“Emerging market companies that focus primarily on growth tend to become less coherent over time.”
An interesting term devised in 1981 which is Emerging Markets. It first appeared when mutual fund investments were being promoted in developing countries. Ever since it’s used in different connotations for various economies. Emerging markets are a true indicator of the socio-political and economic landscape of a country.
Multinational corporations face profound changes in the economic landscape. Over the next 15 years, most of the total world growth in the consumption of consumer goods will likely be concentrated in the largest of the developing economies. Some of the strategic marketing issues in organizations include increasing competition, fast-paced and changing nature of innovations which reduces the span of the product life cycle, organizational restructuring, increased quality consciousness of customers, lack of a skilled workforce, the changing demographics of consumers.
The market is emerging at a very faster pace with the consumers being more aware and accepts the innovation of the products and/or services on a regular basis. The market hence is facing a variety of issues with sudden and rapid changes in purchase behavior.
This remains much higher in emerging markets. The iShares MSCI Emerging Markets ETF (EEM) rose from $11 per share in April 2003 to almost $56 per share in October 2007, before plunging below $20 per share in the financial crisis. This is a concern for investors.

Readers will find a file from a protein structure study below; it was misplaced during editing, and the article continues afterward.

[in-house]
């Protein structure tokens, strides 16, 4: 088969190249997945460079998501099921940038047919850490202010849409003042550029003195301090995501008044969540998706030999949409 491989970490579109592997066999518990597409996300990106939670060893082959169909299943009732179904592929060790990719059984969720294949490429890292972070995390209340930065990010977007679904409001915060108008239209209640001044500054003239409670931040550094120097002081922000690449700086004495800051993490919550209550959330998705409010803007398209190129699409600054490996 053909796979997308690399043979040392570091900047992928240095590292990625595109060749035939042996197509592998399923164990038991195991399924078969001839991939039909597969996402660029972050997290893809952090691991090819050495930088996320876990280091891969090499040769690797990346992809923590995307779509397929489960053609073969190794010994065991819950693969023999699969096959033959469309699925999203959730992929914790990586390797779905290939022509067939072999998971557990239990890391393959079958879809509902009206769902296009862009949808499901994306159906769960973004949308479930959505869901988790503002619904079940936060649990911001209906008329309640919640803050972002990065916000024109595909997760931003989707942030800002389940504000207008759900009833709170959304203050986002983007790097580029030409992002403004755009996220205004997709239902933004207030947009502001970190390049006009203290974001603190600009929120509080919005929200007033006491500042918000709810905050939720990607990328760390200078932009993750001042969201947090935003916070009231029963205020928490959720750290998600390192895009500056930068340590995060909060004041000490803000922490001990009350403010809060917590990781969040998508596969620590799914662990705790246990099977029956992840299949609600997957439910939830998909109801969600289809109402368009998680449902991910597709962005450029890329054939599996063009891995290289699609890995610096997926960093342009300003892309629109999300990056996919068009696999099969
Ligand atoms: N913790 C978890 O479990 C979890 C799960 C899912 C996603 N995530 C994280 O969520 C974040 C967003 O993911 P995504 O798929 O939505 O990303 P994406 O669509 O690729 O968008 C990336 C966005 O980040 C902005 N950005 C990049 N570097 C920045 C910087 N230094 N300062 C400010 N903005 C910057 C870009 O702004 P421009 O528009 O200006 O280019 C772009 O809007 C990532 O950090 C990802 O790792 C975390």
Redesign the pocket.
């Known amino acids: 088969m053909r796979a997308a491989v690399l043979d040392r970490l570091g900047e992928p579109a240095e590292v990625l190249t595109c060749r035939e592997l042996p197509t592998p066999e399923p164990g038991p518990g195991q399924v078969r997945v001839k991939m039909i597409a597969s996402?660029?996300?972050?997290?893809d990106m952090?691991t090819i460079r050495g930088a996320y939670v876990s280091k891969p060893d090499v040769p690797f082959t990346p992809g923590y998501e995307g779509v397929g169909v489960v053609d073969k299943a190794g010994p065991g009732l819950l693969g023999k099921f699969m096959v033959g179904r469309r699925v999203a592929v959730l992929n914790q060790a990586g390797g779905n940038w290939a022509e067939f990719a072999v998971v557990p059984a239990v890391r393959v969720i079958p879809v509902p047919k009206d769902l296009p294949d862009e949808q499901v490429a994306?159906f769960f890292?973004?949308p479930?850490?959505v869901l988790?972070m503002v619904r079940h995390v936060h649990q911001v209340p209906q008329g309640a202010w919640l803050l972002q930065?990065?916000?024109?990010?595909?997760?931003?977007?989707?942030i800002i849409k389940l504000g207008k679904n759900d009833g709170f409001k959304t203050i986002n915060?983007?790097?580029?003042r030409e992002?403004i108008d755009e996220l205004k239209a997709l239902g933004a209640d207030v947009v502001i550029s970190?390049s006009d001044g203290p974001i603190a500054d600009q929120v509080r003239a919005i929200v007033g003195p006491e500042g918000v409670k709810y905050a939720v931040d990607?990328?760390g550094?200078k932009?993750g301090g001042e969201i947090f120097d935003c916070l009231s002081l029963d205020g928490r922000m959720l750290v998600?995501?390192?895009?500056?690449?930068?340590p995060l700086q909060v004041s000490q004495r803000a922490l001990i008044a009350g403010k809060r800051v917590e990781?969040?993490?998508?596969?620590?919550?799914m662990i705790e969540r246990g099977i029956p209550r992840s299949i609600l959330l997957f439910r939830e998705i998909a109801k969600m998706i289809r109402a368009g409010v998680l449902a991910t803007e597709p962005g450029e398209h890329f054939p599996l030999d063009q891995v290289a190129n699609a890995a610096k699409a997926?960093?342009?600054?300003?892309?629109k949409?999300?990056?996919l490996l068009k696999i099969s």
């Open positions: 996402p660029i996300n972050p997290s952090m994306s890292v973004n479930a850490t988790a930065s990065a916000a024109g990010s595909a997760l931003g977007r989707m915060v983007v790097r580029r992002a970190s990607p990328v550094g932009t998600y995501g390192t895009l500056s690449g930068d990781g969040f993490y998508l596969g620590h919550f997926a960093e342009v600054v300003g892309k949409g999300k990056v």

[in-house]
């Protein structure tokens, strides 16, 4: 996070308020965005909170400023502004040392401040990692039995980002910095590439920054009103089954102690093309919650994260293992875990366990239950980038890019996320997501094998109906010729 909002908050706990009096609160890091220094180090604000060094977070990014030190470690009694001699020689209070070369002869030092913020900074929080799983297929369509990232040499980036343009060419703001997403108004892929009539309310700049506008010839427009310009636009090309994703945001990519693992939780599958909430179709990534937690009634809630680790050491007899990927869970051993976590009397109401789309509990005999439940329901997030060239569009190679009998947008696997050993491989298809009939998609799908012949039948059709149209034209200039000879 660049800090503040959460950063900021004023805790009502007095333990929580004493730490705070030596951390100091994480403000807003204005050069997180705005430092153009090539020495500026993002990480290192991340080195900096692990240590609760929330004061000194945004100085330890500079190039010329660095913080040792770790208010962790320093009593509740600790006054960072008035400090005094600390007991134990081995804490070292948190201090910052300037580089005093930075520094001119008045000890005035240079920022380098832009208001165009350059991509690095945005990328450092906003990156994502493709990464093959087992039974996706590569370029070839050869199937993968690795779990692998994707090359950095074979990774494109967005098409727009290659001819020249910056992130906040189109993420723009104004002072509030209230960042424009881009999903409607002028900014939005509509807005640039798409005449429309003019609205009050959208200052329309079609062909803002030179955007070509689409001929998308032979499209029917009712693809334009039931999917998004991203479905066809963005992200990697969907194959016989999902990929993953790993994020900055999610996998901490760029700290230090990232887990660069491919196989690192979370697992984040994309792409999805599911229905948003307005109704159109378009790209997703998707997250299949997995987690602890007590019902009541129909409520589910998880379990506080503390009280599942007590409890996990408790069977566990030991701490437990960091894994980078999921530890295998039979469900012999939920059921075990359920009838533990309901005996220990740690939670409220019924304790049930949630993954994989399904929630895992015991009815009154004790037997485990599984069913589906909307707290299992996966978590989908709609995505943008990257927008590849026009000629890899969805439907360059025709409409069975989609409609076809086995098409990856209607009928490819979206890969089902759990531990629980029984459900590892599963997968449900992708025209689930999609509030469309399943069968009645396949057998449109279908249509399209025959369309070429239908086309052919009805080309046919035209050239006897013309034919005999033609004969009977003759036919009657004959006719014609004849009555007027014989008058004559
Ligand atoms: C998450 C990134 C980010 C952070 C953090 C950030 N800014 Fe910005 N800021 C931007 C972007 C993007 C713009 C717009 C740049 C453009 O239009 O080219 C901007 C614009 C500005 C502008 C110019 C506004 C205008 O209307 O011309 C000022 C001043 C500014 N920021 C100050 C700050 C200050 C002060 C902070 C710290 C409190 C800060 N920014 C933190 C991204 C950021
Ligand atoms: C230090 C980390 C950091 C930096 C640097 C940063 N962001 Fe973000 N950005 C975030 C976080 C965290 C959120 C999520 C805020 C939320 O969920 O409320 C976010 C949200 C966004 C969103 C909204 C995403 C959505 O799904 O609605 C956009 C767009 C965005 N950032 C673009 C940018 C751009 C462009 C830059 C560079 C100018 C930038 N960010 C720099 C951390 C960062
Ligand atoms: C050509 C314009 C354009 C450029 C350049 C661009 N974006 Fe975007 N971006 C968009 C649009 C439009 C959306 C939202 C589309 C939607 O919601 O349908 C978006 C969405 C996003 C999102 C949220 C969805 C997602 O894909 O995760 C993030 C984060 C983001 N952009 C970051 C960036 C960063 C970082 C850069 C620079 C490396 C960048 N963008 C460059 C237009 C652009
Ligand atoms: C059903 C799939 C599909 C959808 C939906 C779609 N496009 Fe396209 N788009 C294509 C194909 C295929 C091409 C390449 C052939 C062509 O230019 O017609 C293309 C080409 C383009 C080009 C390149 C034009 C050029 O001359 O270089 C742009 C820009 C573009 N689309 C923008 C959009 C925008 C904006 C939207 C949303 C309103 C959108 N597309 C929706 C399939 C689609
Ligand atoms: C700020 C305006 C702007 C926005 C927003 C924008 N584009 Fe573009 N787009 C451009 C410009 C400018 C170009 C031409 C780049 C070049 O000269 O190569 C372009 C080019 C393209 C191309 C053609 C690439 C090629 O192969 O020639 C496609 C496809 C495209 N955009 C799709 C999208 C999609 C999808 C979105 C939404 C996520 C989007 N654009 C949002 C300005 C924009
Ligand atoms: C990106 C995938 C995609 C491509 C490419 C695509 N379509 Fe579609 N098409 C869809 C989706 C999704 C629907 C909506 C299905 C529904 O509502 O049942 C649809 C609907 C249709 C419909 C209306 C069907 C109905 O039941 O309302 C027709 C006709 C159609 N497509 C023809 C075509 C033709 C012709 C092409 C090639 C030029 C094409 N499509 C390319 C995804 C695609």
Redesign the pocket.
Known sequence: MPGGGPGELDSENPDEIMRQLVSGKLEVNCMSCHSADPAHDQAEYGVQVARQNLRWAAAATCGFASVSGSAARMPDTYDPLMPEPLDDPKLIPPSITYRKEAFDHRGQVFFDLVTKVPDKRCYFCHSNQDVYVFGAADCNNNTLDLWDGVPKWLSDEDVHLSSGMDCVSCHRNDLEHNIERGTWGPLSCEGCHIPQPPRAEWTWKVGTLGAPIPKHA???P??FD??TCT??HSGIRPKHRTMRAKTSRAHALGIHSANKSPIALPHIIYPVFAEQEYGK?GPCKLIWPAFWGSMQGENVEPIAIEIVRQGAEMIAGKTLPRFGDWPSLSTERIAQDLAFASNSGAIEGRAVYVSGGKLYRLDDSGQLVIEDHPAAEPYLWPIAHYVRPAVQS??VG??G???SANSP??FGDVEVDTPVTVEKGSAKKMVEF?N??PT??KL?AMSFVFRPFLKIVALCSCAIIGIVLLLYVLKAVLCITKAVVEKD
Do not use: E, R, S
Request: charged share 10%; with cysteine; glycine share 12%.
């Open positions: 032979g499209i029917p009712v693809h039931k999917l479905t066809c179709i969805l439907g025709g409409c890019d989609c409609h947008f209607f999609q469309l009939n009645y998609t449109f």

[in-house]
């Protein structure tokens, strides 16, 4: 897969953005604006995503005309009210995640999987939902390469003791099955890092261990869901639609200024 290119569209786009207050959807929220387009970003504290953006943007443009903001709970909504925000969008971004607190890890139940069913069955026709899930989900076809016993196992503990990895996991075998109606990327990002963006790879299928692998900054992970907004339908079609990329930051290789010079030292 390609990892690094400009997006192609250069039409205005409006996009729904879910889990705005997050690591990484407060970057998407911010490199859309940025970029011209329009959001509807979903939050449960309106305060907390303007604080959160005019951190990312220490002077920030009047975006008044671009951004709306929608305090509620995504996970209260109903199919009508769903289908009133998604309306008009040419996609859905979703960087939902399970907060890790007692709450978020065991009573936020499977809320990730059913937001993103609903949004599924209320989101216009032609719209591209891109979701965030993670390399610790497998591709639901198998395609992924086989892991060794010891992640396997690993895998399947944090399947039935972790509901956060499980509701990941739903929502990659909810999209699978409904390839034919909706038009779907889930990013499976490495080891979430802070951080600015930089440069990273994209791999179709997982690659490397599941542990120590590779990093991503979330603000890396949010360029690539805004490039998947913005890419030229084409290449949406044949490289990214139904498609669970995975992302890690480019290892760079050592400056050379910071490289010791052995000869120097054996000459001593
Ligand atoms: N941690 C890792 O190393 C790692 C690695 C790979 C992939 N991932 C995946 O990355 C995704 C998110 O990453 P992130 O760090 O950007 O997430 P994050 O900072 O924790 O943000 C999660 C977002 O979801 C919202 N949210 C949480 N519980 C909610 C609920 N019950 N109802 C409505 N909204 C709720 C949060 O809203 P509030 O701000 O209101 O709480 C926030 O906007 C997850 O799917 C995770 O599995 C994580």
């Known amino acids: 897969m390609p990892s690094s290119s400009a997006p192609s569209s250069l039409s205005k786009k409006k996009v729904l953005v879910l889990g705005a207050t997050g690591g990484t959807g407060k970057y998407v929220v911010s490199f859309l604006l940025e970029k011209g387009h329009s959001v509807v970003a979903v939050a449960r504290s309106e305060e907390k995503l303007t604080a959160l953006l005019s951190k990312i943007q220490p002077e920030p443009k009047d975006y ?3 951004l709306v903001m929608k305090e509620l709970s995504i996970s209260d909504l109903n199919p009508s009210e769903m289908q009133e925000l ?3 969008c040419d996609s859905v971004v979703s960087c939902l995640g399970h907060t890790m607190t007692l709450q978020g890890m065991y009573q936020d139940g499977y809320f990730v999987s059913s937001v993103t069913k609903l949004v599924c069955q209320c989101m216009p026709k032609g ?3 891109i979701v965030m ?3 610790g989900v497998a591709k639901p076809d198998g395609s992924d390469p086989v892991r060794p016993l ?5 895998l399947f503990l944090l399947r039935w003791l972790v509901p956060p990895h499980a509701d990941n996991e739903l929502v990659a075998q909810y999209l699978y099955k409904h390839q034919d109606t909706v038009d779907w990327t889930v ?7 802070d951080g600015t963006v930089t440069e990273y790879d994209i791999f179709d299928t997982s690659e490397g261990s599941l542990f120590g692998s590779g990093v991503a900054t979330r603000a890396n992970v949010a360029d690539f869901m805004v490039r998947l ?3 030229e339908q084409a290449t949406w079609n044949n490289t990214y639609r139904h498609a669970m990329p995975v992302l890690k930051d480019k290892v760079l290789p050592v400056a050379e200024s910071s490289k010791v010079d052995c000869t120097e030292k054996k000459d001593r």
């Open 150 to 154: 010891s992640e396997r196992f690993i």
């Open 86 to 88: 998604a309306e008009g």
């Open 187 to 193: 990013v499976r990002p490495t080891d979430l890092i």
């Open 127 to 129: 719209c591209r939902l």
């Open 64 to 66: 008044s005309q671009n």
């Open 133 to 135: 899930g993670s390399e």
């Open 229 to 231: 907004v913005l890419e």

Emerging economies are still heavily dependent on common exports
Investment values and commodity prices are highly correlated: when commodity prices fall, so will investments. Goldman Sachs closed its BRIC investment fund in late 2015 after its assets fell in value a disastrous 88% from their 2010 highpoint following the collapse in oil and other commodity prices at that time.
The US Dollar and other developed country investors face currency risk
Both Egypt and Nigeria devalued by over a third when commodity prices fell this decade. However successful local investments are, they cannot overcome such a drastic change in their value in developed country currencies.
There is the Risk of Economic Nationalism and a Trade War, especially in the Current Political Environment
While some countries such as Argentina find themselves in a familiar credit crisis, others such as the Philippines worry about a fall in remittances from overseas workers.
Corruption and the Failure of Economic Progress
As developing countries grow richer, the real divide in the golden decades will shift from developed vs. developing, to urban vs. rural, and poor vs. rich, which an anti-corruption campaign cannot reverse. Higher wages in China have curbed the country’s manufacturing growth. The World Bank argues that a colossal 68% of all existing jobs in India and 77% in China are at risk from automation, as even basic service jobs are not immune.
History has taught Investors that Markets Opportunities are never uniform
Take the BRIC countries. Although their trajectory has slowed over the past decade, they went from accounting for 11% of the world’s GDP in 1990 to almost 30% twenty-five years later. During the same period, economies like Indonesia and Russia made huge strides, while Zimbabwe and Venezuela collapsed.